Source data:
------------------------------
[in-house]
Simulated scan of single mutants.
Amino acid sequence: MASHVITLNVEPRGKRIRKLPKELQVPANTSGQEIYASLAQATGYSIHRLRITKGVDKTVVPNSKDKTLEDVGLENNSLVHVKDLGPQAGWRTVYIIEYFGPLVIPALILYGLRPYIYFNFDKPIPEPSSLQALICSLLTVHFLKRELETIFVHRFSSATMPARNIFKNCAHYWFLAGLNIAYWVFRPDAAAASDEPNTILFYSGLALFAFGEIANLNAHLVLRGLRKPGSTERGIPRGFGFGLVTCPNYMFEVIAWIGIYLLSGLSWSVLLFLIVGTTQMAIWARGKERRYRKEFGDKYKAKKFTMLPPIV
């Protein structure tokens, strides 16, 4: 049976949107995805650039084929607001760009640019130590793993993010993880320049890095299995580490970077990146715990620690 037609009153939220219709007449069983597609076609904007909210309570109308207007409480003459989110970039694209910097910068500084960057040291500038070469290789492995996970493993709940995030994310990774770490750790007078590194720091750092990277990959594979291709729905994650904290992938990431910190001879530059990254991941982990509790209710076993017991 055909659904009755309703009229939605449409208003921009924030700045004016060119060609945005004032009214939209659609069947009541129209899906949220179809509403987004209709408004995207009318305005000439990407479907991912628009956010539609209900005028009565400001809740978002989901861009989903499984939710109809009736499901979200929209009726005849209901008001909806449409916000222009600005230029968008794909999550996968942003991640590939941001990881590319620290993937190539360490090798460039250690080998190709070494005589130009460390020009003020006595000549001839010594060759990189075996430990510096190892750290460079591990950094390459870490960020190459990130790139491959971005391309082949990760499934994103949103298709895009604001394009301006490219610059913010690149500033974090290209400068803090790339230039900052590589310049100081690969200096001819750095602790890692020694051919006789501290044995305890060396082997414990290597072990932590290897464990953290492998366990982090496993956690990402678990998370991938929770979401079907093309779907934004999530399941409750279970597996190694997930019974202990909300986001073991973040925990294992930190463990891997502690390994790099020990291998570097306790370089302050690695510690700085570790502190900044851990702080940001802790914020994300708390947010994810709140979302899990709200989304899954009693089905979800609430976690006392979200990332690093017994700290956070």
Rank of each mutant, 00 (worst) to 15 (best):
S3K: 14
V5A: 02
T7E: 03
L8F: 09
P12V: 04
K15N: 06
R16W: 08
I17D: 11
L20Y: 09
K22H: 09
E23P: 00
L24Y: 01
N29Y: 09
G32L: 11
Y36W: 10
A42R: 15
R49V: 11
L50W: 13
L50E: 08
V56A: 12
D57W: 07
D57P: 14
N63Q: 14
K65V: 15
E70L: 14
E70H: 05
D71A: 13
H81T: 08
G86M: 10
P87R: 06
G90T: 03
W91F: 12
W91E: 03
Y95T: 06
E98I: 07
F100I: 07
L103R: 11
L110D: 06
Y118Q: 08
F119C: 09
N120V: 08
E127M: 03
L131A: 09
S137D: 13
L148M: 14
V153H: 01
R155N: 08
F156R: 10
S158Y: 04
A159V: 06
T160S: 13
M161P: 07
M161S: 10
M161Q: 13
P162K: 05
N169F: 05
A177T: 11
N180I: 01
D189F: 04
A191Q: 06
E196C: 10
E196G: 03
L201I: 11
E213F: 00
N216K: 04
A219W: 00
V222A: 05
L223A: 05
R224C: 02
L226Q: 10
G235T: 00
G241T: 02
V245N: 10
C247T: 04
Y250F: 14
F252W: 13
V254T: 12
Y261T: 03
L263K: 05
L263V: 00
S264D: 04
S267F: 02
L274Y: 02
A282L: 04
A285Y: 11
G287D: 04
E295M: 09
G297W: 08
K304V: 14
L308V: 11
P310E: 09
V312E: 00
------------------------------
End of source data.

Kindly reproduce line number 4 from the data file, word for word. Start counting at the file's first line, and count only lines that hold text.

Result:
């Protein structure tokens, strides 16, 4: 049976949107995805650039084929607001760009640019130590793993993010993880320049890095299995580490970077990146715990620690 037609009153939220219709007449069983597609076609904007909210309570109308207007409480003459989110970039694209910097910068500084960057040291500038070469290789492995996970493993709940995030994310990774770490750790007078590194720091750092990277990959594979291709729905994650904290992938990431910190001879530059990254991941982990509790209710076993017991 055909659904009755309703009229939605449409208003921009924030700045004016060119060609945005004032009214939209659609069947009541129209899906949220179809509403987004209709408004995207009318305005000439990407479907991912628009956010539609209900005028009565400001809740978002989901861009989903499984939710109809009736499901979200929209009726005849209901008001909806449409916000222009600005230029968008794909999550996968942003991640590939941001990881590319620290993937190539360490090798460039250690080998190709070494005589130009460390020009003020006595000549001839010594060759990189075996430990510096190892750290460079591990950094390459870490960020190459990130790139491959971005391309082949990760499934994103949103298709895009604001394009301006490219610059913010690149500033974090290209400068803090790339230039900052590589310049100081690969200096001819750095602790890692020694051919006789501290044995305890060396082997414990290597072990932590290897464990953290492998366990982090496993956690990402678990998370991938929770979401079907093309779907934004999530399941409750279970597996190694997930019974202990909300986001073991973040925990294992930190463990891997502690390994790099020990291998570097306790370089302050690695510690700085570790502190900044851990702080940001802790914020994300708390947010994810709140979302899990709200989304899954009693089905979800609430976690006392979200990332690093017994700290956070």